In the op-ed piece, Sarkissian raised issues from the 1960s and earlier about sexual abuse, military experiments, and other issues at Fernald that have not been current for a half century or more.

Last week, I wrote to Blumenthal, asking him to publicly disavow the inflated cost figures for Fernald that he and his organization cited this year.  He declined to do so, saying the cost figures had been provided by DDS.  The question we still can’t answer  is whether DDS itself knowingly publicized inaccurate figures on Fernald’s cost.

It’s about the care model

A disturbing incident involving an attempted rape of a woman by an intellectually disabled resident of a community-based group home last month can teach us all a valuable lesson.

We’ve been in the midst of the wrong debate here about care for people with intellectual disabilities.  We really shouldn’t be having a debate between “community-based” care versus institutional care.  What’s really at issue here is the care model for these people in Massachusetts.

Bear with me for a moment. 

On June 3, The Lowell Sun reported that a resident of a state-run group home in Chelmsford walked out of his residence, went next door and attacked a pregnant woman as she was sitting in her living room with her husband and three-year-old daughter.  The man managed to tear off Amy Hillman’s shirt and jump on top of her before he  was pulled away by Hillman’s husband, James.

The group home resident, Tholda Chhom, and James Hillman ended up in the front yard, where Chhom continued to charge at Hillman before running back to his residence just before police arrived, according to witnesses.  Chhom was later charged with assault and attempted rape, and has been placed in a “more secure state facility,”  according to The Sun.

Meanwhile, the Hillmans and their neighbors have been left asking questions.  Will Chhom be allowed to return to the group home?  Why were the Hillmans previously told that Chhom did not have violent tendencies, even though he frequently used to yell out of his window at passersby?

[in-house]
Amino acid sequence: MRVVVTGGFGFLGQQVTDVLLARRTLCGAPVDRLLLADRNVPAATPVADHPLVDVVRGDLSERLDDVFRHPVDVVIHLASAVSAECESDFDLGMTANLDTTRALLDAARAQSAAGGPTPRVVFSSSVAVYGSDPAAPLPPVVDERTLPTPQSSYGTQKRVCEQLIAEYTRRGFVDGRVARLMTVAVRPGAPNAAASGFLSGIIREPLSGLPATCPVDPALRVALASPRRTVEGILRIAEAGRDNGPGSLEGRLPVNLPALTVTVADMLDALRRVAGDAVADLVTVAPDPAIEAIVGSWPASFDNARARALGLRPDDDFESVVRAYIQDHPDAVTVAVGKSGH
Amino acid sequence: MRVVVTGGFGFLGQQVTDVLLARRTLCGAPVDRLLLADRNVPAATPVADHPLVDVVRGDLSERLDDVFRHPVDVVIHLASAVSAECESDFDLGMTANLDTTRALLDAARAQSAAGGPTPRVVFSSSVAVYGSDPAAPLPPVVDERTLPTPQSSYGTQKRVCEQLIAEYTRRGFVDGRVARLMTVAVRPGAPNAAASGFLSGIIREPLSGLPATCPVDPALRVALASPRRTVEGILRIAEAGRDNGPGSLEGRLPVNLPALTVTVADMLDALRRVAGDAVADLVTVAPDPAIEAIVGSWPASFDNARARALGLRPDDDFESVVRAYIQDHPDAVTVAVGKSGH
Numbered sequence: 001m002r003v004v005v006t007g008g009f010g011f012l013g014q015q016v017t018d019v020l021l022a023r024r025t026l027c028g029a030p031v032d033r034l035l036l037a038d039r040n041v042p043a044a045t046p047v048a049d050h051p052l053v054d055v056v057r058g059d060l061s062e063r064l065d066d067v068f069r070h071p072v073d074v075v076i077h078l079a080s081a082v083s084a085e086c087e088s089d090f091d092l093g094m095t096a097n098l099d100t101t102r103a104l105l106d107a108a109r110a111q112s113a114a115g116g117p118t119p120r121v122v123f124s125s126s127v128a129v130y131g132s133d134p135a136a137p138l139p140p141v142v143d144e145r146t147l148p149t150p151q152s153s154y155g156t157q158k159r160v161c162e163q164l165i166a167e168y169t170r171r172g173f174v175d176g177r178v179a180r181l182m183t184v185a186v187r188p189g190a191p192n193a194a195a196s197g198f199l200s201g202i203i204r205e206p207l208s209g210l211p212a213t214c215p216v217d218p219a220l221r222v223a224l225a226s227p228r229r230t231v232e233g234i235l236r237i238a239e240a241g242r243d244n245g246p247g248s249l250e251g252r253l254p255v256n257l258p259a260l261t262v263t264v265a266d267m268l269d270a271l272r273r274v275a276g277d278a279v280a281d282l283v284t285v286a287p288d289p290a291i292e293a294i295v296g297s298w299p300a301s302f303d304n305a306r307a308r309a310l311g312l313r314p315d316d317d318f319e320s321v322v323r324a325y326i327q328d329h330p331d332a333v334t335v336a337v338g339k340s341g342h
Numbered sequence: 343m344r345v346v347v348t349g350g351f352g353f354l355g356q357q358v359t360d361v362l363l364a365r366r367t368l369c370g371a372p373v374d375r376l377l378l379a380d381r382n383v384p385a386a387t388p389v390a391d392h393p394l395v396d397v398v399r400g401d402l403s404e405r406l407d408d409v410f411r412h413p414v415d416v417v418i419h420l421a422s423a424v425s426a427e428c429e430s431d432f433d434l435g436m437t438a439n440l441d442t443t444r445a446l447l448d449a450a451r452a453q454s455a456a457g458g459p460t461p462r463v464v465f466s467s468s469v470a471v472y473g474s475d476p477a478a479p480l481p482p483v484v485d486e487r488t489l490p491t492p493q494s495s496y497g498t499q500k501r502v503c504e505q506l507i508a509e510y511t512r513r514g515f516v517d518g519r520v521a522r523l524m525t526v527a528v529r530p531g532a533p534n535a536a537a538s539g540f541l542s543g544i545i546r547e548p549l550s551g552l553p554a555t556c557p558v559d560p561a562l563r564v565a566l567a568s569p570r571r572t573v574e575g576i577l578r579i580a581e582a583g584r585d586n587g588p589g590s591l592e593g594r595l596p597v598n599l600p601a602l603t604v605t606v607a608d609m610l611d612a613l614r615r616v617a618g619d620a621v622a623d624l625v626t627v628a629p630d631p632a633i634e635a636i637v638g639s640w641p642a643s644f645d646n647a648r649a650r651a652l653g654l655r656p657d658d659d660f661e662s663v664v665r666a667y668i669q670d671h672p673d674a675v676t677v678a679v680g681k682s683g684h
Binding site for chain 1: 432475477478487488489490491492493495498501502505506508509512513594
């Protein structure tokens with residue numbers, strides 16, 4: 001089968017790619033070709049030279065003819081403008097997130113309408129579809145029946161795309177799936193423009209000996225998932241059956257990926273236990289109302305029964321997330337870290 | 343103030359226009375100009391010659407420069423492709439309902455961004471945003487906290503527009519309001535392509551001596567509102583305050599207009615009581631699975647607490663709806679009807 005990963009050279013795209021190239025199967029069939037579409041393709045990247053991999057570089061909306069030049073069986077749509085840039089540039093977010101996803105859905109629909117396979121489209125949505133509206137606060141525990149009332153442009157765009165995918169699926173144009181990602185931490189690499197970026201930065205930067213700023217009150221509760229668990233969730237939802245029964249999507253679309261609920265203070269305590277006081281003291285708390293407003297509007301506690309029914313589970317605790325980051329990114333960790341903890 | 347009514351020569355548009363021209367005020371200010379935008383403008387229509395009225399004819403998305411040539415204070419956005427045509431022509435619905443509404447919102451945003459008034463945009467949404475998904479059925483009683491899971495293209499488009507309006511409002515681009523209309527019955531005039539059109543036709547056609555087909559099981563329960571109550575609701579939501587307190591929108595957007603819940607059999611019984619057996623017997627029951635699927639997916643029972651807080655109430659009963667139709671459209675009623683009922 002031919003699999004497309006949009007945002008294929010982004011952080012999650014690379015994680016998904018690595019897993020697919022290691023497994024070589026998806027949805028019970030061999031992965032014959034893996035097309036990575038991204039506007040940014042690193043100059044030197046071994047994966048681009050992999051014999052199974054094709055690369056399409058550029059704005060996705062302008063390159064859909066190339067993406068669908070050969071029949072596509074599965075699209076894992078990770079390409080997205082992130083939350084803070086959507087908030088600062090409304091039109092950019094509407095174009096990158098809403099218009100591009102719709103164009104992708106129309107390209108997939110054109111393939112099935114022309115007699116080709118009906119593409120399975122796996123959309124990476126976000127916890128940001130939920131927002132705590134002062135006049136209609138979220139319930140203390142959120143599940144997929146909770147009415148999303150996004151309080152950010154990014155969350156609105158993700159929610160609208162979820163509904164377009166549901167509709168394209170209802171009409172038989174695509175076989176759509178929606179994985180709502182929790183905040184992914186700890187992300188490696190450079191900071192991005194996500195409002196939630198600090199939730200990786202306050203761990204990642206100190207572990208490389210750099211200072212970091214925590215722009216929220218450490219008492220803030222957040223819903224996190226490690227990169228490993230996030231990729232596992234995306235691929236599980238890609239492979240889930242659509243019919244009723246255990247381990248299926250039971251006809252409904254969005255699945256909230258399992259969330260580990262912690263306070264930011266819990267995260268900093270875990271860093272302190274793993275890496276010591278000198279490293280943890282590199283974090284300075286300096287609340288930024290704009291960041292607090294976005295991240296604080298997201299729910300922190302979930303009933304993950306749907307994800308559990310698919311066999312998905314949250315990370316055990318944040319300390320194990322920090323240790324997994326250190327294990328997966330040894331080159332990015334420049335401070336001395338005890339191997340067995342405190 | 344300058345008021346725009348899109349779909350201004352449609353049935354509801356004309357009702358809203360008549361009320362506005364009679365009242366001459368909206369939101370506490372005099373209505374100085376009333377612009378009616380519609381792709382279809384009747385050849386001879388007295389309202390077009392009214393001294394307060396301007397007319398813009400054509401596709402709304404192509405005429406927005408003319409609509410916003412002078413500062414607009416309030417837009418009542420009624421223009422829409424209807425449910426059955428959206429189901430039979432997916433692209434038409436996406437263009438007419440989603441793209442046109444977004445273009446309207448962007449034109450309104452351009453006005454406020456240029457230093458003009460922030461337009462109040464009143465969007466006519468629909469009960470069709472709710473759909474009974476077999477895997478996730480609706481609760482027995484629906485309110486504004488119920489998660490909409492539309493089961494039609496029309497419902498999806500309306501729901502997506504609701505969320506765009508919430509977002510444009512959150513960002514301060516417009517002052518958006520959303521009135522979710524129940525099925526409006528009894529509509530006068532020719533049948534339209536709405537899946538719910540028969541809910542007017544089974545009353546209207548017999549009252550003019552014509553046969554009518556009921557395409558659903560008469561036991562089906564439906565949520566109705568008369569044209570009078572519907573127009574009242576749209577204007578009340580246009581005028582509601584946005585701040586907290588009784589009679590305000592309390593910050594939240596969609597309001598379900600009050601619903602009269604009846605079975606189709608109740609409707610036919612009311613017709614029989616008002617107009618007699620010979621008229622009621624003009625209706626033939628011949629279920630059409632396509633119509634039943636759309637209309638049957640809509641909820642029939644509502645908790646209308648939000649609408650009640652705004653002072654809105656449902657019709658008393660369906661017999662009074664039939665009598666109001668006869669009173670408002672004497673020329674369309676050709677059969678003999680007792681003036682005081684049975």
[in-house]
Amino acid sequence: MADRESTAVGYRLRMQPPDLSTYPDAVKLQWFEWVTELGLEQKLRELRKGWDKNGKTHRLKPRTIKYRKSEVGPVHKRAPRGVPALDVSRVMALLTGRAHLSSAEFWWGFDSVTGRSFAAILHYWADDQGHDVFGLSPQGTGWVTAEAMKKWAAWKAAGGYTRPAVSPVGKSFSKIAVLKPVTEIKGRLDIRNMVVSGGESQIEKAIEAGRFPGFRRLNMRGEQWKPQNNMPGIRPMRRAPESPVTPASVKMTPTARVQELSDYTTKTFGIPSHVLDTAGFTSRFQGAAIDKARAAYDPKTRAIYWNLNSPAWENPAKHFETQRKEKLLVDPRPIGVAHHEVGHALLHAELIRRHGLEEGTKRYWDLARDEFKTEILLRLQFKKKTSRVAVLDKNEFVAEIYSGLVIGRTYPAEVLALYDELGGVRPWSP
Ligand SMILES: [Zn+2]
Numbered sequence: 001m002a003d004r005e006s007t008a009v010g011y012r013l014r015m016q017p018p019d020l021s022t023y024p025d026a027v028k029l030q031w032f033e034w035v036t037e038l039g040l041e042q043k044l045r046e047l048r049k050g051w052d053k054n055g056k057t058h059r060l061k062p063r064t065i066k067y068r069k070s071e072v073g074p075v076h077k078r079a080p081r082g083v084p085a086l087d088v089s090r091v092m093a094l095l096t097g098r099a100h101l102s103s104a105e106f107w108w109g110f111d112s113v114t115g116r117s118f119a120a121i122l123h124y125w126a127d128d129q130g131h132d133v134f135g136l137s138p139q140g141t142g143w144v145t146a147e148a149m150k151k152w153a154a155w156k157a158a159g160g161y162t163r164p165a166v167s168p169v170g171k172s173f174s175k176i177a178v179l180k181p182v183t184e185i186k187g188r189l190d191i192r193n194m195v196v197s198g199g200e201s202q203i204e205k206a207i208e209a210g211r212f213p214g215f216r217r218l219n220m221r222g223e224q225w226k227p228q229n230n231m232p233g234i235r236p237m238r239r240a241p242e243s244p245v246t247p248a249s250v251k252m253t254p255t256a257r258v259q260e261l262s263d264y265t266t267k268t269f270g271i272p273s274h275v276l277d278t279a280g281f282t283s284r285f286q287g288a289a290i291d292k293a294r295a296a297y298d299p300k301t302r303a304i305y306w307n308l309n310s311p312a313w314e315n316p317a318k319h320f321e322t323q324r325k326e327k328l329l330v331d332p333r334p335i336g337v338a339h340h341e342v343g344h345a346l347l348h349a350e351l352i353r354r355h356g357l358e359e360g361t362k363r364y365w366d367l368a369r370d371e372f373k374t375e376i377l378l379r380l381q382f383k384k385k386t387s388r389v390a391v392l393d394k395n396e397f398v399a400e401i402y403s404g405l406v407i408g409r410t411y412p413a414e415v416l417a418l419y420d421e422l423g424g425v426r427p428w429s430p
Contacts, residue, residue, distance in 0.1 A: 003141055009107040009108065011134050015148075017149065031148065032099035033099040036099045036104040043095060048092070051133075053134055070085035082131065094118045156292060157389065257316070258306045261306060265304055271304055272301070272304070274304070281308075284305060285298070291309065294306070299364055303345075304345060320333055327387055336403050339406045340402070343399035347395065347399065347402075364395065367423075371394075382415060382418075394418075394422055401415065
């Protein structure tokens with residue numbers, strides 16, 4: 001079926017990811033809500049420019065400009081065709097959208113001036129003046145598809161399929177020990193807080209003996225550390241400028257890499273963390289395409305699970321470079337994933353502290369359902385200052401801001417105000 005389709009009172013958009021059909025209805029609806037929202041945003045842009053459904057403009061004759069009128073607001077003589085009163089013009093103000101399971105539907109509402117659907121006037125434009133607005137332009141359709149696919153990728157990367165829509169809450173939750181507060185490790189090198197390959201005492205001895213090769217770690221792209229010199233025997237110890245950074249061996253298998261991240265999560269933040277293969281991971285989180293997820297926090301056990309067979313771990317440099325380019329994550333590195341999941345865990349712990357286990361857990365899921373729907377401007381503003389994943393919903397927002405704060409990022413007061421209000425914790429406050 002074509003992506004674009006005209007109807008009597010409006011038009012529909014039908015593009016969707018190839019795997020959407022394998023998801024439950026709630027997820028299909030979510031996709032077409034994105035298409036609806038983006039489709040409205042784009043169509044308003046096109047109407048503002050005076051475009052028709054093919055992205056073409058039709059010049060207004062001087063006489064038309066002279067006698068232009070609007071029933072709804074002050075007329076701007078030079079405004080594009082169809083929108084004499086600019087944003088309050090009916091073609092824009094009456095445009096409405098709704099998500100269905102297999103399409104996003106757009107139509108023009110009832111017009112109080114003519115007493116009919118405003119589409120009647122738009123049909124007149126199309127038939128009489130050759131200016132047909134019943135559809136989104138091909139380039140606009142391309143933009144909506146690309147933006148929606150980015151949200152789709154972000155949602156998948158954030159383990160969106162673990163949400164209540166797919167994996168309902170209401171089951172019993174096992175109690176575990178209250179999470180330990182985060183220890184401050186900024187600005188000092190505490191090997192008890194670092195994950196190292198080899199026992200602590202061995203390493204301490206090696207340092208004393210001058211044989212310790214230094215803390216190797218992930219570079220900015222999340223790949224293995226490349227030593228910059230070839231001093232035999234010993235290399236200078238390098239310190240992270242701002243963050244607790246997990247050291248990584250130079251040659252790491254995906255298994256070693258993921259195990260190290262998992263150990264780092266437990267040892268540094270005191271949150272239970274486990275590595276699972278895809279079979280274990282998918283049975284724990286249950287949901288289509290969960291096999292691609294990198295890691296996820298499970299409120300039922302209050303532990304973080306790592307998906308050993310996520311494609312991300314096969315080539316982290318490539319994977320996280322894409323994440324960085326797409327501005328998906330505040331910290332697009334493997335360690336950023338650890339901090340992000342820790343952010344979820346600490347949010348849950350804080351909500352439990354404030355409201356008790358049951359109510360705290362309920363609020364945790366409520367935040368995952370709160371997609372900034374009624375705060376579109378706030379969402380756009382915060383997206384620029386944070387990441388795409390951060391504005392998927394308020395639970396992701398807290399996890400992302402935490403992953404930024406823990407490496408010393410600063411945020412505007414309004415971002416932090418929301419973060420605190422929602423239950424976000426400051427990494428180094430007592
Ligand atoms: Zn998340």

The Hillmans, in fact, were so concerned about Chhom, prior to the May 8 incident, that they built a stockade fence around their yard.  According to James Hillman, Chhom appeared to be left all day long in his room.  But on the day of the attack on Amy Hillman, the staff at the group home reportedly didn’t even know he had left the group residence.

It would be tempting for us to say that Chhom should never have been in a community-based group home; he should have been in a develpmental center, where, at the very least, it would have been more difficult for him to have gotten out out and to attack a resident in the community.  But that argument may miss the real point here.

What people like Chhom are missing in the community system — even in state-run community residences — is an intensive care model that meets the federal standards set for Intermediate Care Facilities.  ICF-level care, which happens to exist only in the developmental centers in Massachusetts, stipulates that residents receive onsite clinical, medical, and nursing care and full-time supervision.  Not everyone with intellectual disabilities needs this level of care.  Only a small fraction of them do.  But Chhom would appear to be one of them.

That’s why we’re so upset that the Patrick administration is shutting down four of the six remaining developmental centers without replacing the ICF care model available in them.  We don’t want the big old buildings there either.  It’s the ICF care model we want to preserve for those who need it.

We think the current residents of the developmental centers should be able to stay in their current locations in the most cost-effective residential settings, while receiving the same level of care from their familiar staff.  That might well mean they would live in small group homes on the campuses — the “postage-stamp” idea.  Meanwhile, other people in the community, such as Tholda Chhom, who need that level of care, should be able to receive it as well.

But the administration is seeking to eliminate the ICF model and replace it with care under which the ICF standards have been waived.  It’s referred to as community-based care, but it should really be labeled “waiver based” care, because the standards are lower.  Direct-care staffing levels do not have to be as high, clinical and medical personnel can “float” among different homes in geographic regions, and medications can be administered by people with less training.

What does this mean for the safety of neighborhoods around the state where thousands of community-based group homes exist?  What does it mean for people like Tholda Chhom, if there will no longer be an ICF-level facility one day to accept him?  Will he simply be thrown into prison?

Once again, let me be clear.  I’m not trying to make an argument here to preserve the six developmental centers as they exist today, although no doubt we’ll continue to be accused of that. 

Go ahead, call it all community-based care.  Just keep the care model and let the current residents of the developmental centers stay in their current locations with their familiar staff.   And finally, provide the opportunity for ICF-level care for all who need it, such as Tholda Chhom.